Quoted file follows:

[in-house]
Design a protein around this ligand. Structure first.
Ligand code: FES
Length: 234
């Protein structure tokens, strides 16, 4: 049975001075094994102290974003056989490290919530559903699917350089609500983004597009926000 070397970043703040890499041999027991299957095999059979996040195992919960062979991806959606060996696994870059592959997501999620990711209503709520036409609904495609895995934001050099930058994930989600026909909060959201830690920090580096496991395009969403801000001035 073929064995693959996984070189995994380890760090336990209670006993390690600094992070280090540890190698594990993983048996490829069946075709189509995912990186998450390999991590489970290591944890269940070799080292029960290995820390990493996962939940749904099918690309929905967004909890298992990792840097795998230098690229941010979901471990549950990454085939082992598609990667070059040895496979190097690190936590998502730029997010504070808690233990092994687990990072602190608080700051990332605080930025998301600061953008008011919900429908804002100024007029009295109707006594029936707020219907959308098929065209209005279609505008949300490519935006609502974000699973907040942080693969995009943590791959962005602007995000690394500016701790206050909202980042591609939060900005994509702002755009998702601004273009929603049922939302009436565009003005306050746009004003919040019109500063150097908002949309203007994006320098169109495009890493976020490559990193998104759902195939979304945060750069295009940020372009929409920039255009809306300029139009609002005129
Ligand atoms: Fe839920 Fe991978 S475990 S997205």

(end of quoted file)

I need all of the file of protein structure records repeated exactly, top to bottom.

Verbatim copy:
[in-house]
Design a protein around this ligand. Structure first.
Ligand code: FES
Length: 234
């Protein structure tokens, strides 16, 4: 049975001075094994102290974003056989490290919530559903699917350089609500983004597009926000 070397970043703040890499041999027991299957095999059979996040195992919960062979991806959606060996696994870059592959997501999620990711209503709520036409609904495609895995934001050099930058994930989600026909909060959201830690920090580096496991395009969403801000001035 073929064995693959996984070189995994380890760090336990209670006993390690600094992070280090540890190698594990993983048996490829069946075709189509995912990186998450390999991590489970290591944890269940070799080292029960290995820390990493996962939940749904099918690309929905967004909890298992990792840097795998230098690229941010979901471990549950990454085939082992598609990667070059040895496979190097690190936590998502730029997010504070808690233990092994687990990072602190608080700051990332605080930025998301600061953008008011919900429908804002100024007029009295109707006594029936707020219907959308098929065209209005279609505008949300490519935006609502974000699973907040942080693969995009943590791959962005602007995000690394500016701790206050909202980042591609939060900005994509702002755009998702601004273009929603049922939302009436565009003005306050746009004003919040019109500063150097908002949309203007994006320098169109495009890493976020490559990193998104759902195939979304945060750069295009940020372009929409920039255009809306300029139009609002005129
Ligand atoms: Fe839920 Fe991978 S475990 S997205």